Second, on Friday, Dec. 21, 2012, I was $5K short of making payroll and had other debts—resulting from two cases of affinity fraud and employee embezzlement (one by a neighbor and another by a nephew). I decided to close my 30-year-old business. No one in Utah would have known or cared, except for two remaining employees. It was a painful decision. All that I had worked so long and hard for would be lost—in spite of a blessing given me by Elder Holland that, if I remain faithful, I would receive what I would need to continue, even if the relief came at the last minute by miraculous means.

At about 11 a.m. I was busy preparing to announce the closing, effective at noon, when into the office barged a big man, John Hewlett, who told me in his loud voice that he had driven from Montana to see me, that he heard me speak a decade ago, and that the Spirit had commanded him to give me $5,000 immediately. And by the way, that $5,000 enabled me to stay in business long enough to sell the assets and continue to this day bigger and better than ever, blessing the lives of a half million people worldwide.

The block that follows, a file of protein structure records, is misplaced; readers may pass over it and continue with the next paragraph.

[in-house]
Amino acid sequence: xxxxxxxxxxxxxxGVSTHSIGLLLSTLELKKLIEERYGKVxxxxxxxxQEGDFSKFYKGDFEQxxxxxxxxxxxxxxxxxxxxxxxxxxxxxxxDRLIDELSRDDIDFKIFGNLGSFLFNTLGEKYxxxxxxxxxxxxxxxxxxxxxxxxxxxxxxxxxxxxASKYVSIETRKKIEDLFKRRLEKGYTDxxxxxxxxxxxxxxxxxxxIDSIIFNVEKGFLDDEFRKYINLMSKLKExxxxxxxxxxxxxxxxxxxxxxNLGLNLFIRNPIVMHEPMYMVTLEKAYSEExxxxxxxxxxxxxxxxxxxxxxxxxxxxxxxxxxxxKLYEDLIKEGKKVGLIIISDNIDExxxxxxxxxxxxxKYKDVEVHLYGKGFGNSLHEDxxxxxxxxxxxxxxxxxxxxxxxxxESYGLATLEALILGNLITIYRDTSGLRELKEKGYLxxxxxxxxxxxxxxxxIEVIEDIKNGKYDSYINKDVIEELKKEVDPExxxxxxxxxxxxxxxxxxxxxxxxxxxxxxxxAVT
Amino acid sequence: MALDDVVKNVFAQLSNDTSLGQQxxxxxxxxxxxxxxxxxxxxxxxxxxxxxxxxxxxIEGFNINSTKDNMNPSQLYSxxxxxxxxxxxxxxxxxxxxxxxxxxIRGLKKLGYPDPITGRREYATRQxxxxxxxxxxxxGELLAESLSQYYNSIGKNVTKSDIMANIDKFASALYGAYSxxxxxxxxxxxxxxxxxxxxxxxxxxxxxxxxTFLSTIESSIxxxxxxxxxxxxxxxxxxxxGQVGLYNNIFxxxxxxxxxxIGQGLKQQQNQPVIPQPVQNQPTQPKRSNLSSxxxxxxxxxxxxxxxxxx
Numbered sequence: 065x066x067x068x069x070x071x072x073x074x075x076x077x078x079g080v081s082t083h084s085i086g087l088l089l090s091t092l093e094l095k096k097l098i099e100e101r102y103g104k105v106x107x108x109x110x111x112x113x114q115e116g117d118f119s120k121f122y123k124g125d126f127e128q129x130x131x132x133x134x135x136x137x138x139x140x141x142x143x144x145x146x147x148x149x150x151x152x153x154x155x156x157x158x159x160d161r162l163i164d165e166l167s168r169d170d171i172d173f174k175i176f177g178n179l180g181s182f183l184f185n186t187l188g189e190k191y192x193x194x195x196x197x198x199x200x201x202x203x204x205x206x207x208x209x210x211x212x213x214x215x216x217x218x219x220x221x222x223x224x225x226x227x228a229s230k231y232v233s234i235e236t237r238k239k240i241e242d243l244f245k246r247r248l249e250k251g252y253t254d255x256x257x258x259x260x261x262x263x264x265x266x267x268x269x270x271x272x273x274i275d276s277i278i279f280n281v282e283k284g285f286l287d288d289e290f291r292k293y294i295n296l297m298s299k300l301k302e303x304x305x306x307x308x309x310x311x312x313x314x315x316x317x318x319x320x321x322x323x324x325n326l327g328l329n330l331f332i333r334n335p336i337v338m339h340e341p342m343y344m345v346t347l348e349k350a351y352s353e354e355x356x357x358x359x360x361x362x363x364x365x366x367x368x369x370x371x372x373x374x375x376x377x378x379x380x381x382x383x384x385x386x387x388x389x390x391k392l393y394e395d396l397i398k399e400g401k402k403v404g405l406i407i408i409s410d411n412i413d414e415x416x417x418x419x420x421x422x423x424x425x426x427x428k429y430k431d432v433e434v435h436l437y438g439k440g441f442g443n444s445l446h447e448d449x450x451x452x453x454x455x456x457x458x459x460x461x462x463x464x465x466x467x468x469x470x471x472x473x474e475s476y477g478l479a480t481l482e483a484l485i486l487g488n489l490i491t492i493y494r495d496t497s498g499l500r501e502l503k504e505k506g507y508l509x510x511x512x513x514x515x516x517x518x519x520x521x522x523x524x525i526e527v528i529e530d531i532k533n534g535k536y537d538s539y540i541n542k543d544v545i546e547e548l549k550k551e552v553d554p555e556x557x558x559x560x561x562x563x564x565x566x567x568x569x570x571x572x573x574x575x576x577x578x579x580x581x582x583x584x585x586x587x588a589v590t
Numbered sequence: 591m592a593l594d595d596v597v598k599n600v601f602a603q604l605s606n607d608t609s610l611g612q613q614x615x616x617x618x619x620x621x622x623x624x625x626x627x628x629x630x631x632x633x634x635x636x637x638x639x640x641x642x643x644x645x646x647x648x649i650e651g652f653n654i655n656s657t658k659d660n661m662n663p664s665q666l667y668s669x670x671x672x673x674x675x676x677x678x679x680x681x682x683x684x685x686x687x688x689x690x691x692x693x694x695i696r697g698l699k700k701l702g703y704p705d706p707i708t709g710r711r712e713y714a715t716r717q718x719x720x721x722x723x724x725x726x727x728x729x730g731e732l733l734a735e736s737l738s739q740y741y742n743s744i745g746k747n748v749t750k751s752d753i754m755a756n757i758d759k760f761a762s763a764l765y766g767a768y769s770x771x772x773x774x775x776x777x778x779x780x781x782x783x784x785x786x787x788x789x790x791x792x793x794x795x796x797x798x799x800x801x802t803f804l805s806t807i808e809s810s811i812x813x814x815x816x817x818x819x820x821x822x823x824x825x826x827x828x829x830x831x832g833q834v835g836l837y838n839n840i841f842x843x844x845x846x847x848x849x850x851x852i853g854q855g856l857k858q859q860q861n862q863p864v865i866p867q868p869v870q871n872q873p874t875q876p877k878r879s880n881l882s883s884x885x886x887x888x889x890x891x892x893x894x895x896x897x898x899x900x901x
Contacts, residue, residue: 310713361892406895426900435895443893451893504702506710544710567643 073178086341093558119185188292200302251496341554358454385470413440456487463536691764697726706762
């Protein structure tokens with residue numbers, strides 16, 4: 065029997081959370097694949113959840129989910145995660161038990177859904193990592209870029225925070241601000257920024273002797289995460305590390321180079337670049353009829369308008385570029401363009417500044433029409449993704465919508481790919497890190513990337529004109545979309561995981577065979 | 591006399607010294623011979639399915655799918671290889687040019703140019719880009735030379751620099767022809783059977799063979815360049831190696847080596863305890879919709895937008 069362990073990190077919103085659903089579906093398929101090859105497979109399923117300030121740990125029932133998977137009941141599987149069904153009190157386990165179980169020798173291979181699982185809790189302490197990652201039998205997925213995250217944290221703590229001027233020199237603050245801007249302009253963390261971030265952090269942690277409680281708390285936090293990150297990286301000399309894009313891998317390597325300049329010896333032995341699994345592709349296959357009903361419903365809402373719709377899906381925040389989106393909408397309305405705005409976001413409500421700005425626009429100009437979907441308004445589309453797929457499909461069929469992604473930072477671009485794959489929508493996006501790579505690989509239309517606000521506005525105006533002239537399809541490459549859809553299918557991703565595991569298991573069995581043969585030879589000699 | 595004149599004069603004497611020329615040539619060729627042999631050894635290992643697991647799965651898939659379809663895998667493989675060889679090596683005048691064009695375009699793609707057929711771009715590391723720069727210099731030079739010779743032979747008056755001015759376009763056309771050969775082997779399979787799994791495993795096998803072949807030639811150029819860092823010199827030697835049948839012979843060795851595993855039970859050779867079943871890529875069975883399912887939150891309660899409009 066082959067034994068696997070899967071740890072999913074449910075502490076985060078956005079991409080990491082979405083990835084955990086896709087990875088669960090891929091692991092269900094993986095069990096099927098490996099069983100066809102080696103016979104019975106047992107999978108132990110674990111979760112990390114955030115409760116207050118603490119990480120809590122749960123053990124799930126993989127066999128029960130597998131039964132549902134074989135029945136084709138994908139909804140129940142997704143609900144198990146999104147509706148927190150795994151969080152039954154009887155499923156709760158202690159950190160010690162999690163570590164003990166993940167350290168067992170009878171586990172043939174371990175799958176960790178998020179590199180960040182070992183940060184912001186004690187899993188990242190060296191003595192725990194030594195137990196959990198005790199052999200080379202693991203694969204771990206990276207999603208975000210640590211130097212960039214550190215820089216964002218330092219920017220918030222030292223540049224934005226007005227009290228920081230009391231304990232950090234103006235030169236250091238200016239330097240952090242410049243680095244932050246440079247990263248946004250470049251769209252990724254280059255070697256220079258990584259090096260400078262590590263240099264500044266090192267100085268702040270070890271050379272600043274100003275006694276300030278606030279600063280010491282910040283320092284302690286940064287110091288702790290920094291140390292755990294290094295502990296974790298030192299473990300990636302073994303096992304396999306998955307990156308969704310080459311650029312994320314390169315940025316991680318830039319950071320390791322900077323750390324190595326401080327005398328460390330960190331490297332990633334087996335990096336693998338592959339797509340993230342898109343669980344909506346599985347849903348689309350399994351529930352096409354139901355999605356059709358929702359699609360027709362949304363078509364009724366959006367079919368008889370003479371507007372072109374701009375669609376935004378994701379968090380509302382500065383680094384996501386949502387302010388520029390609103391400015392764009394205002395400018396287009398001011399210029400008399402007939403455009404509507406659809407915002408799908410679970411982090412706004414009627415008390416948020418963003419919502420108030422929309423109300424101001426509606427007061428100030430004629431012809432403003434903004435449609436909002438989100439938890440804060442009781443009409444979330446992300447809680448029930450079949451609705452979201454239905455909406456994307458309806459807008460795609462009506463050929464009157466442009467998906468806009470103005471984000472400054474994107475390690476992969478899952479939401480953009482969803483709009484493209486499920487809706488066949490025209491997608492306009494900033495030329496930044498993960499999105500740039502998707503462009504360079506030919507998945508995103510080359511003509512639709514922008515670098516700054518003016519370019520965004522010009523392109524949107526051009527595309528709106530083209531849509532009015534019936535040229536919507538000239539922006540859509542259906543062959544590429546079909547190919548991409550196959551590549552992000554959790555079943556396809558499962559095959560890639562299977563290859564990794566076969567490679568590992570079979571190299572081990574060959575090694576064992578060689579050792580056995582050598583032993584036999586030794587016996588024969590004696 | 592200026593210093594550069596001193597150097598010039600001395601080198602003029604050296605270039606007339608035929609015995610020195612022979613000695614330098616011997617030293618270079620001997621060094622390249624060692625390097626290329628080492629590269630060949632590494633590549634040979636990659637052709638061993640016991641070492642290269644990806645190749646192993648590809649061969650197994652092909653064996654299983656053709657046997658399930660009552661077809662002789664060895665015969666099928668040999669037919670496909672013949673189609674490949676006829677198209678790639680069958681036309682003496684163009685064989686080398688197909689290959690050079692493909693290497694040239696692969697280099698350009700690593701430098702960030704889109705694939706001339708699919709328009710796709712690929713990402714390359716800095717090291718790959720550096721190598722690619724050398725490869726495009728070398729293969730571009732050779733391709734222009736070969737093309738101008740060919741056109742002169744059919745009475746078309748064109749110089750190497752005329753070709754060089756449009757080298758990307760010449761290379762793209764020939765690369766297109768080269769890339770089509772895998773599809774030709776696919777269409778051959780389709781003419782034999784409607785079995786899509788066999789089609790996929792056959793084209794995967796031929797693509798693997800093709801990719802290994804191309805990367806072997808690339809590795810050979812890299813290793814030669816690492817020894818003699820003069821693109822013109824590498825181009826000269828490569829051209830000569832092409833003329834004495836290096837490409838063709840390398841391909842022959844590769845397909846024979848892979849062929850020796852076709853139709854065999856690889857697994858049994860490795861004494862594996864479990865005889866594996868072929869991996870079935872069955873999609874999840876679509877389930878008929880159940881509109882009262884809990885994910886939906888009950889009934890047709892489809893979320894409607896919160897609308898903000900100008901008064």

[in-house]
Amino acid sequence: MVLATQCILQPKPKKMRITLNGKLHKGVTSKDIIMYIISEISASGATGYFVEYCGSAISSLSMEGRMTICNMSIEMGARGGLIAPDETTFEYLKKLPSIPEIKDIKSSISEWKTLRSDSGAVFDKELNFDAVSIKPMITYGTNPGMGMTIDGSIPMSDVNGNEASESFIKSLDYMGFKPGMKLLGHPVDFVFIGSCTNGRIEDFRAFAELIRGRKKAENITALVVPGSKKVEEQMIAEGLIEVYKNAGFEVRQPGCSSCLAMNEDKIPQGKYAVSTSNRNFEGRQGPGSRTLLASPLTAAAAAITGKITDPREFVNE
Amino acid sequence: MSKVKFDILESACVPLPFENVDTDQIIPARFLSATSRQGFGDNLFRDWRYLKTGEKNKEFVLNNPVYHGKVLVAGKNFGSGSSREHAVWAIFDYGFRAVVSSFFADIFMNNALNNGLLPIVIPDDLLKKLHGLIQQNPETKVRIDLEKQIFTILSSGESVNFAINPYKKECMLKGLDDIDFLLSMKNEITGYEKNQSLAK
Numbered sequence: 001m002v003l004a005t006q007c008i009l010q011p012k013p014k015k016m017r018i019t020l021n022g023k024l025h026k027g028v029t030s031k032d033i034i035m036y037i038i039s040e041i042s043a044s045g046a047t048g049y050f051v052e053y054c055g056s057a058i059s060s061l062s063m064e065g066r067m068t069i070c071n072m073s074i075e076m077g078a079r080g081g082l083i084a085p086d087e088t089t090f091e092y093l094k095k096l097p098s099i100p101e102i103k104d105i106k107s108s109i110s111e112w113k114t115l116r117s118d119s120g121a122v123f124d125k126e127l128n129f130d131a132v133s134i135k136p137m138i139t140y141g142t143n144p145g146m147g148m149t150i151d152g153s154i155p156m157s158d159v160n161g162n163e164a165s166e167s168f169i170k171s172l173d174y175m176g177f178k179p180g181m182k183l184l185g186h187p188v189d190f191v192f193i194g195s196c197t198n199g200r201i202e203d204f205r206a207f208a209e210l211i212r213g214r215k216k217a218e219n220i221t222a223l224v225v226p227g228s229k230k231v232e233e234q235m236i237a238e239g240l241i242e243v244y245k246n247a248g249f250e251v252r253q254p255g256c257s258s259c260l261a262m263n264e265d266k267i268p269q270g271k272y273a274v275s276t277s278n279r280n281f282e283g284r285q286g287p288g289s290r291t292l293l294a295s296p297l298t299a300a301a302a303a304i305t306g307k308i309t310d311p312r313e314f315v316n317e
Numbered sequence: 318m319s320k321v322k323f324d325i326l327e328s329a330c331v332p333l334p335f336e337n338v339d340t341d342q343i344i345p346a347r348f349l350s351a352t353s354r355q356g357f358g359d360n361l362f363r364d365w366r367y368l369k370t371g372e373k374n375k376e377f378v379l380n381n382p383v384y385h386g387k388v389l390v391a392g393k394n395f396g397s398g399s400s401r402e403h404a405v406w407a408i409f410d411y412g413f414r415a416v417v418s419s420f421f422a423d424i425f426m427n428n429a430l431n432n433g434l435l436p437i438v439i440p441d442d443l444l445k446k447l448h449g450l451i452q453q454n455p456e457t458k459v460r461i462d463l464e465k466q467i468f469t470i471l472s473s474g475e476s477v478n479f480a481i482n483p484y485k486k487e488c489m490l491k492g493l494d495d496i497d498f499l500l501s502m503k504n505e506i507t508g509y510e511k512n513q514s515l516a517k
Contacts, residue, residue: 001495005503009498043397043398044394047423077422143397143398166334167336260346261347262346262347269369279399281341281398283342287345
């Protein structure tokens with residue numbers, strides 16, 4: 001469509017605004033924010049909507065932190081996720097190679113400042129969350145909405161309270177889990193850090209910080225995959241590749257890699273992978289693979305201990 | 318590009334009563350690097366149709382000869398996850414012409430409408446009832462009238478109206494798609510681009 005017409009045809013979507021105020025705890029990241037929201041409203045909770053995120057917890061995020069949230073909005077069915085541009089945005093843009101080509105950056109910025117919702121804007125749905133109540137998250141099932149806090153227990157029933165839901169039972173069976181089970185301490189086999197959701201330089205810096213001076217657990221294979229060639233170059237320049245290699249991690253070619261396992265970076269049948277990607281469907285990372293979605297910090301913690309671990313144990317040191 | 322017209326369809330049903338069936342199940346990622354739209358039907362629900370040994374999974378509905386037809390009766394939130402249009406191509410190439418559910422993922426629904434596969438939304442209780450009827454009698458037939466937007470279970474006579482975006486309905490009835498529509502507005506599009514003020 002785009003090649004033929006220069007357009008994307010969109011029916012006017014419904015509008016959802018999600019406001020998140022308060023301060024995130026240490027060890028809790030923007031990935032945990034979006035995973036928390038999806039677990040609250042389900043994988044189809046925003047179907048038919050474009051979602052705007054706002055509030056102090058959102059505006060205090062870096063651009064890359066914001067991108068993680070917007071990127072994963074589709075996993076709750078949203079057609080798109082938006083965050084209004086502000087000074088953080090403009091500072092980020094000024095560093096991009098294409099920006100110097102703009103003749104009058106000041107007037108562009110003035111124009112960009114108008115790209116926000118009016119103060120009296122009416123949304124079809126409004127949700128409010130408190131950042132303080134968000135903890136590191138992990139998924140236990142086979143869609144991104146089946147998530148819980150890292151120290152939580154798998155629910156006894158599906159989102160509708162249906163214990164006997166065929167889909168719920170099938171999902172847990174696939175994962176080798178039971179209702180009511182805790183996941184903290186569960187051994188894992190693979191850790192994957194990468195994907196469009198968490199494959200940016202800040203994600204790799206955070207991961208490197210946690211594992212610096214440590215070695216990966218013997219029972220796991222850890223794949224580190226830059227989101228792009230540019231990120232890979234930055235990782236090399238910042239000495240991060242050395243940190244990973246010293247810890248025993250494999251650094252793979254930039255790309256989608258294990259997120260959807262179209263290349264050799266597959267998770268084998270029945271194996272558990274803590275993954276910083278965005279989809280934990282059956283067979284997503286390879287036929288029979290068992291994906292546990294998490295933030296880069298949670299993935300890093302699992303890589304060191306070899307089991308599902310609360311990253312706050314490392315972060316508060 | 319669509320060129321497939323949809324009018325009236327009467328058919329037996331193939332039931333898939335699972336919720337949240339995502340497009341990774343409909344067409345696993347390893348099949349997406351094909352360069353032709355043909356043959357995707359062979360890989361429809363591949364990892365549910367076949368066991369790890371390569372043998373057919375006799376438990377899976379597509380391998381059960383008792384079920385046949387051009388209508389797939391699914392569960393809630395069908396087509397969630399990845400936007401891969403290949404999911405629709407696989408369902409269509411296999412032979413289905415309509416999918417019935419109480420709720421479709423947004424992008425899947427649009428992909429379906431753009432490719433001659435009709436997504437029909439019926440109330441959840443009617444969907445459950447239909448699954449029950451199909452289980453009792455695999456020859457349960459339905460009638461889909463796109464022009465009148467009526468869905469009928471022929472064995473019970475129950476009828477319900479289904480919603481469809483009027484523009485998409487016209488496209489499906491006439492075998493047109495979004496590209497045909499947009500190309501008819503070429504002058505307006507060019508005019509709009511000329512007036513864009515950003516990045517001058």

Again, why save the one? Because in the Lord’s higher math, in his calculus, 1 is not next to nothing but equal, in eternity, to infinity. Indeed, great is the worth of one soul. One of my sons, as other missionaries have done, invested two years of his life to bring but one soul—a young Chinese chef working in Frankfurt, Germany—into the Church. By the way, that one has since become many—and could become millions.

I testify that all it takes is one true shepherd to bring the light, add the salt, leaven the loaf—and in the Lord’s way and infinite wisdom, over time, this search and rescue will yield exponential returns on investment and extreme reversals; indeed, thanks to the Lord of Lords, Jesus Christ, the so-called Lord of the Manor may some day work for and worship the so-called peon.  He who was lost is found, last is first, least is greatest.